One to one to pee.

Getting any information from someone is like getting blood from a stone and you are expected to either already know or to know the right question to ask. It may be this cultural trait that makes India a hotbed for maths and computer scientists as there is a painfully rigid computer like way to the processes at times. This often takes form in stamps – rubber stamps have real power here.

In Jaipur city palace once you have bought your ticket and it has been stamped and checked by the security guard you can enter the main museum. Inside the museum however is a small room displaying textiles. At the door is a man who you give your ticket to so he can stamp it. There is no additional charge, anyone who has come into the main museum can go into the textile bit and you can reenter whenever you want. There is no way of getting into the small textile museum unless you have a ticket at the main museum gate – this is a royal fort after all. No one looks at your stamp after you get it.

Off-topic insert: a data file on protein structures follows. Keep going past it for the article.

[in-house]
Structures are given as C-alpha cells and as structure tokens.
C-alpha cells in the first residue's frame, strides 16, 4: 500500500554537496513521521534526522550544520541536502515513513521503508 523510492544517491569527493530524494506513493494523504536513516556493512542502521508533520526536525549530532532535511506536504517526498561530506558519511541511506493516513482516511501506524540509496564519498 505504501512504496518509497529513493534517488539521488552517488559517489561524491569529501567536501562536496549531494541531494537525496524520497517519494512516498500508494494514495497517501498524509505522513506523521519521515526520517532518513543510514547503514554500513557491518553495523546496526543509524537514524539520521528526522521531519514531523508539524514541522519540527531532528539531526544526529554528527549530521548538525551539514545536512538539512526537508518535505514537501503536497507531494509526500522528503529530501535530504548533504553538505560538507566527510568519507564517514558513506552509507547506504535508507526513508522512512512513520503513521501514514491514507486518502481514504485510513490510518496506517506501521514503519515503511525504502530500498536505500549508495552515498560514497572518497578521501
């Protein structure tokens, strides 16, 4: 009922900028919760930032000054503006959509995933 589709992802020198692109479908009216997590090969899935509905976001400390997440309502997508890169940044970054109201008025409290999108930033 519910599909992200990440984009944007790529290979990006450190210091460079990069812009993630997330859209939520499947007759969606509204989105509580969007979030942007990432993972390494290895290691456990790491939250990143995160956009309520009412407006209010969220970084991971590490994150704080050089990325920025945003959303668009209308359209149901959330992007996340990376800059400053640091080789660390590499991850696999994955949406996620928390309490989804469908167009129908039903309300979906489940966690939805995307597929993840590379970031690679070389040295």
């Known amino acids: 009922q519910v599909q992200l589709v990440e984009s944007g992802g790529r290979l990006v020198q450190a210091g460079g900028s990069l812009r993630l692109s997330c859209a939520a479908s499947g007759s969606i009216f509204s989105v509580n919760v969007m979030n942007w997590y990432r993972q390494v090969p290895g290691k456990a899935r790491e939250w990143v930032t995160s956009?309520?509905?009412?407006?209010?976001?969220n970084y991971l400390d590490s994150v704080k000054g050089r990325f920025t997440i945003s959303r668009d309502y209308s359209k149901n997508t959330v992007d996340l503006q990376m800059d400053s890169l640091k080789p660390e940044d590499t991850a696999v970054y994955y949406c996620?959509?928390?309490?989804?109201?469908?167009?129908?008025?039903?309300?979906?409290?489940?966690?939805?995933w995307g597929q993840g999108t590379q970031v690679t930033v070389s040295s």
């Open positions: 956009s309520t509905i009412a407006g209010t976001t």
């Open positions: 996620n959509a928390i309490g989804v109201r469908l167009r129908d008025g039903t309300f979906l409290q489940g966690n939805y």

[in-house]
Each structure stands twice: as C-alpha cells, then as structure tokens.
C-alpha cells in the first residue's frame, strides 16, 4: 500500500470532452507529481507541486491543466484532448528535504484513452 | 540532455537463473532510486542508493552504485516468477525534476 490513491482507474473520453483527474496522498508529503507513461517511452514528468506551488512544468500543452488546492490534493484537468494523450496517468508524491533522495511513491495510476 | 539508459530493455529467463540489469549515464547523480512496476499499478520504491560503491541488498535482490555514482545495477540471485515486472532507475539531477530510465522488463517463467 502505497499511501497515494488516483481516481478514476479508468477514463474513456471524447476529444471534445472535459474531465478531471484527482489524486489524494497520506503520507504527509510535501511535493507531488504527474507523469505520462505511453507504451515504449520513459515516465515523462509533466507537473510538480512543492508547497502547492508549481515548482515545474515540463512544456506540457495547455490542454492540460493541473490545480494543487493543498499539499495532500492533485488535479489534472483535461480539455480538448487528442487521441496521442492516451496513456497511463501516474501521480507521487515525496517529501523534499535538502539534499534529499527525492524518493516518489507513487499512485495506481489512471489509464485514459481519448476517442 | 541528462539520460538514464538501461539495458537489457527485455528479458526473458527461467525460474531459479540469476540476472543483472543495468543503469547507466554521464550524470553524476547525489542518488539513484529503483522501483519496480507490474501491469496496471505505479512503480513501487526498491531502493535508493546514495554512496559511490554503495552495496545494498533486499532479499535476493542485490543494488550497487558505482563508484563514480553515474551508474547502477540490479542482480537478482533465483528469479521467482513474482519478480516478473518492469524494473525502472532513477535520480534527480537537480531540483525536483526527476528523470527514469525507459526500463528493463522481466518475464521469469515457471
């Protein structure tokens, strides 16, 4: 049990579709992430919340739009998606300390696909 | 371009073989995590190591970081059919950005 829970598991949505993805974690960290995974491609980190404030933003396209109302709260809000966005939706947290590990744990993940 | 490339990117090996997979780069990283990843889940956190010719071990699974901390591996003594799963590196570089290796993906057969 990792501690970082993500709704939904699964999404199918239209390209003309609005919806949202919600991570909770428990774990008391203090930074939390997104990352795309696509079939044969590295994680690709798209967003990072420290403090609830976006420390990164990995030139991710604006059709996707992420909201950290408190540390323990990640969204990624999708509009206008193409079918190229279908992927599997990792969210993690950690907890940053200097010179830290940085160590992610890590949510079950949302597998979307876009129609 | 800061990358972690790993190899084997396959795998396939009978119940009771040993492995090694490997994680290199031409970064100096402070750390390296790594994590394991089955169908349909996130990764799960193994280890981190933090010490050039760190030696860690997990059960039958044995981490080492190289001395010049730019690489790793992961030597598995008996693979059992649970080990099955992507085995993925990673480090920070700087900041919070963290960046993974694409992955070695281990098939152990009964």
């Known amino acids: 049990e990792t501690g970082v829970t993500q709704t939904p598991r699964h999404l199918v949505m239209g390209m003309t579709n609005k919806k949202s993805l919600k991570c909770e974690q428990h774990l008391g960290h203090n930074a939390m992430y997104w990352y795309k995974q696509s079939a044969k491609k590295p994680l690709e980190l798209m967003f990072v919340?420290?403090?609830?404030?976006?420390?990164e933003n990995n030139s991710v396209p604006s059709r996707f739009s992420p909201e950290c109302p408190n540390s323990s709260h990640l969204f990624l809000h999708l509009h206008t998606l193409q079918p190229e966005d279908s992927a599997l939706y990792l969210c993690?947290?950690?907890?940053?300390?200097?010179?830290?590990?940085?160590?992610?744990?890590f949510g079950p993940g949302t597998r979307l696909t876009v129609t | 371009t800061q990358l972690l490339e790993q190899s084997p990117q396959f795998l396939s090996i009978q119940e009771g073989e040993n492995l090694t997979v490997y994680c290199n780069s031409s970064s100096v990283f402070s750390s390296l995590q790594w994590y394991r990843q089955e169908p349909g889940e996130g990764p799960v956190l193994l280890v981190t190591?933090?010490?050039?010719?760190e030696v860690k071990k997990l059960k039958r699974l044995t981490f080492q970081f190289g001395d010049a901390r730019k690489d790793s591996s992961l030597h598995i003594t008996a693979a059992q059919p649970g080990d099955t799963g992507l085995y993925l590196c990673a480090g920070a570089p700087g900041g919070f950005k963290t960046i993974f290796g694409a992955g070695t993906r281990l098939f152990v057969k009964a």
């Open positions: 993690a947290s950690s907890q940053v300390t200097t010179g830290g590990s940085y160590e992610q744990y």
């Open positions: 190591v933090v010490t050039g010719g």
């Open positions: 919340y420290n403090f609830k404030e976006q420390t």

In other words the stamp has absolutely no purpose other than in the act of getting stamped. This would be fine if the man who gives the stamp was using it as an opportunity to get some data or provide additional info. But no. He wasn’t counting people in, he didn’t ask any questions of anyone or provide any information. In fact most of the stamps were done by what seemed to be his 5 year old grandson. The grandson seemed to enjoy the whole business immensely and so I guess at least someone gained from it.

The same thing happened when we went into the royal reception room in the same museum. Except here it was a different shaped stamp and two guards with impressive moustaches.

Security people (usually with impressive moustaches) REALLY like stamps. At Jodhpur airport it was our first internal flight and so we were not aware of how the system works. As frequent flyers we are well versed in liquids, laptops and metal detectors but we were unprepared for stamps.

Security is tight (and for good reason) but it seems the medium now outweighs the message – and despite nine circles of interrogation security is actually scarily lax.